This year, Evan finally got his chance. But while he and five other kids scrambled after black, spotted piglets, protesters from around New England greeted fair visitors with signs that called the event “torture” and “animal abuse.”

The Women's March on Washington

Jan 19, 2017
Flickr

The day after Donald Trump's inauguration, hundreds of thousands of women are expected to protest in the Capitol and in cities around the country, including New Hampshire.  But about forty percent of female voters chose Trump, and so more widespread unity may be an elusive cause. 


What Protest Songs Sound Like in 2016

Jan 12, 2016
Nicholas Balanon via flickr Creative Commons / https://flic.kr/p/rCWAPk

Nina Simone, along with Sam Cooke, Bob Dylan, Pete Seeger and countless others made important contributions to the rich canon of protest songs during the civil rights movement. A canon so strong, that the term "protest song" often conjures images of artists from the 1960s.

Natasha Haverty

Last night Presidential Candidate Donald Trump came to Portsmouth for a few minutes, to pick up an endorsement from the New England’s police union. 

Sean Hurley

There's a long history of people chaining themselves to trees or posts or buildings - or to each other - to protest some injustice or simply to get their voices heard.  But here in New Hampshire we may have a first. Last week, Kevin Dumont, the owner of Liquid Planet Water Park in Candia, climbed to the top of his water slide tower and chained himself to the rail.  His goal? To save the park from a planned December 2nd auction.  NHPR's Sean Hurley spent the night with Dumont at the top of the tower and sends us this story.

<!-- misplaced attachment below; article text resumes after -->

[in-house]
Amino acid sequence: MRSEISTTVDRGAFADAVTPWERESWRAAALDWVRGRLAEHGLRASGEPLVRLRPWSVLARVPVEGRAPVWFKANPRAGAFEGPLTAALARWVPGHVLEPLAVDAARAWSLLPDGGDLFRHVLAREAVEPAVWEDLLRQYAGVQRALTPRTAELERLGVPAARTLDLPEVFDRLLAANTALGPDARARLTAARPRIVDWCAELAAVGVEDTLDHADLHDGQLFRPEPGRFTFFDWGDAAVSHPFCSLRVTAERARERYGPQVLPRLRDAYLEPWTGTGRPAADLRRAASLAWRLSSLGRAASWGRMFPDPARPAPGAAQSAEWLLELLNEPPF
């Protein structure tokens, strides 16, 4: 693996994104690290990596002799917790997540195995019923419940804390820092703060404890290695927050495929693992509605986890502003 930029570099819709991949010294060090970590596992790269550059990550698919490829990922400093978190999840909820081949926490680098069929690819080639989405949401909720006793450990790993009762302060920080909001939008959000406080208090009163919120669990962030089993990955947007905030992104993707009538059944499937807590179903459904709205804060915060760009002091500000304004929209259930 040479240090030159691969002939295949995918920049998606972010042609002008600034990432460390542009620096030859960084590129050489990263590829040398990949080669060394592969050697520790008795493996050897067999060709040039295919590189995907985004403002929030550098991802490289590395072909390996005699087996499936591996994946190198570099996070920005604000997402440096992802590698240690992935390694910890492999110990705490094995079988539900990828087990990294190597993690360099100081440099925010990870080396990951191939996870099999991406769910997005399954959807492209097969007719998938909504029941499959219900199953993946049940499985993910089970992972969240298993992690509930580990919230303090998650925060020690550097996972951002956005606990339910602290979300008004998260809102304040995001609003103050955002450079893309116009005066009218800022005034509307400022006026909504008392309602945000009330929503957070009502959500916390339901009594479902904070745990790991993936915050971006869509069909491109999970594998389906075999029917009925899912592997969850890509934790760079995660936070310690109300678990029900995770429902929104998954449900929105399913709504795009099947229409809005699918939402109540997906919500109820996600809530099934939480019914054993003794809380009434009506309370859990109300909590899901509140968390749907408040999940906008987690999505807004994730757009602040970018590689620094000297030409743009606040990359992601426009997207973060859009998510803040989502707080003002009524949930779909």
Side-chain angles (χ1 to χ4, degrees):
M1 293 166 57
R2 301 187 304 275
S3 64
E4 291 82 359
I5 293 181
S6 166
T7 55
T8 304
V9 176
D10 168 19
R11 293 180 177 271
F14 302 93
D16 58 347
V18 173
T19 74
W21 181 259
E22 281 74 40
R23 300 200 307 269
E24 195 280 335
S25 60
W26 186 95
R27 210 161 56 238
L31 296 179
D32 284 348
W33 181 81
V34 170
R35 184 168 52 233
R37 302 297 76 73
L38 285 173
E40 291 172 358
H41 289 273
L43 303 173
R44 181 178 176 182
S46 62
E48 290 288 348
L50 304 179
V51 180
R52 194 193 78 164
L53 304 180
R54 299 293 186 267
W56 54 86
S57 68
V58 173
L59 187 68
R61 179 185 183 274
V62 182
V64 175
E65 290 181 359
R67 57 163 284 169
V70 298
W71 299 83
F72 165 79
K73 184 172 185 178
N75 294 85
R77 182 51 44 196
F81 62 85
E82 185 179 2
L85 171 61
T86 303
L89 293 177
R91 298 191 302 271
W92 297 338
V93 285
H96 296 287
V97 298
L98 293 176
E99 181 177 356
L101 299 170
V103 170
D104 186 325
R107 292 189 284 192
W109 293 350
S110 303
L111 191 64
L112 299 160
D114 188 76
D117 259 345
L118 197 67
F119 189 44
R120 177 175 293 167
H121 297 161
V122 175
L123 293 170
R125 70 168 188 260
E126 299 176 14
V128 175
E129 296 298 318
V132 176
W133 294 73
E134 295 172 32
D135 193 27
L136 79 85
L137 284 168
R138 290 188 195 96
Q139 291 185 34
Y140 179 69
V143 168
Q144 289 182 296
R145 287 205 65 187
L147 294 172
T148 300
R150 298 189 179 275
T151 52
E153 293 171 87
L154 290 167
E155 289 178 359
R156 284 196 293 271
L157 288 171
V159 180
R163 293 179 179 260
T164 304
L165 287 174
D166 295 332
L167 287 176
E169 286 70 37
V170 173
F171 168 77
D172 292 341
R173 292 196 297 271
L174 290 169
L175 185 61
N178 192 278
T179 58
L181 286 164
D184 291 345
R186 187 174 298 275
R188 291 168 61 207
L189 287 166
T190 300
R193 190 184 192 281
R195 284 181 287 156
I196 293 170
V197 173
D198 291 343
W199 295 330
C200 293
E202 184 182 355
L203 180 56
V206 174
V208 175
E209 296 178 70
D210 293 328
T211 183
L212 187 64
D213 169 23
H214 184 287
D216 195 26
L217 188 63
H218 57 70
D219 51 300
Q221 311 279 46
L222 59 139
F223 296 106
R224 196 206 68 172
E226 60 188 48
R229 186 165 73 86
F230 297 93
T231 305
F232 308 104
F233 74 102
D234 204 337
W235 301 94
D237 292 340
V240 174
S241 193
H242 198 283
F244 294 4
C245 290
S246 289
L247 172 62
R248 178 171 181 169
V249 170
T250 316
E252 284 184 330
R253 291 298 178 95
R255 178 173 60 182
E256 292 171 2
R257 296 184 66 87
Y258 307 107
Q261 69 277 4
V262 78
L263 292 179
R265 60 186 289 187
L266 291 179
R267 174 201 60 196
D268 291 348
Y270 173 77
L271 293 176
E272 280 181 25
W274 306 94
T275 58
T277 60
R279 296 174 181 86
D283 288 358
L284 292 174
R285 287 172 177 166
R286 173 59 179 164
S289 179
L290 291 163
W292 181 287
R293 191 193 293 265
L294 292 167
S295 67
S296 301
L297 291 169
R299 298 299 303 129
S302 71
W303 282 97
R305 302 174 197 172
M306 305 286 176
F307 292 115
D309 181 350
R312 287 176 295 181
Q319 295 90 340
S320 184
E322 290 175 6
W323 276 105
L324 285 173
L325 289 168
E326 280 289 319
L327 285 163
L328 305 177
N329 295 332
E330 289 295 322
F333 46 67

Courtesy VPR

About 35 students staged a sit-in in Dartmouth President Philip Hanlon’s office Tuesday. They have been pressuring the College to increase enrollment of black, Latino and Native American students to at least 10 percent each, and to hire more faculty from minority groups. The 70 monetary demands outlined in their “Freedom Budget”  also include sweeping changes in the curriculum, financial aid, and residential life programs.

The Bitter Taste of the Rainbow

Apr 2, 2012
(Photo by p4nc0np4n via Flickr Creative Commons)

Successful brands can cost millions of dollars to create, protect, and control. Despite those mammoth efforts, name brands can take on a life of their own. Take Skittles, the brand of candy Trayvon Martin bought shortly before being shot by George Zimmerman. Now, the candy is being used at protests and getting big play in the media, translating to a brand boost of sorts.

Occupy New Hampshire Hits Peterborough

Nov 17, 2011
Donna Moxley / NHPR

People from across southwestern New Hampshire gathered at a park in Peterborough Thursday to rally for the job creation and improvement to the state’s roads and bridges.

As part of a national protest, more than 100 New Hampshire residents turned out in Peterborough to declare an “economic emergency” for the ninety nine percent.

They focused on the country’s decaying transportation infrastructure and high unemployment rate, Peterborough resident Joe Graley urged Congress to pass President Obama’s jobs plan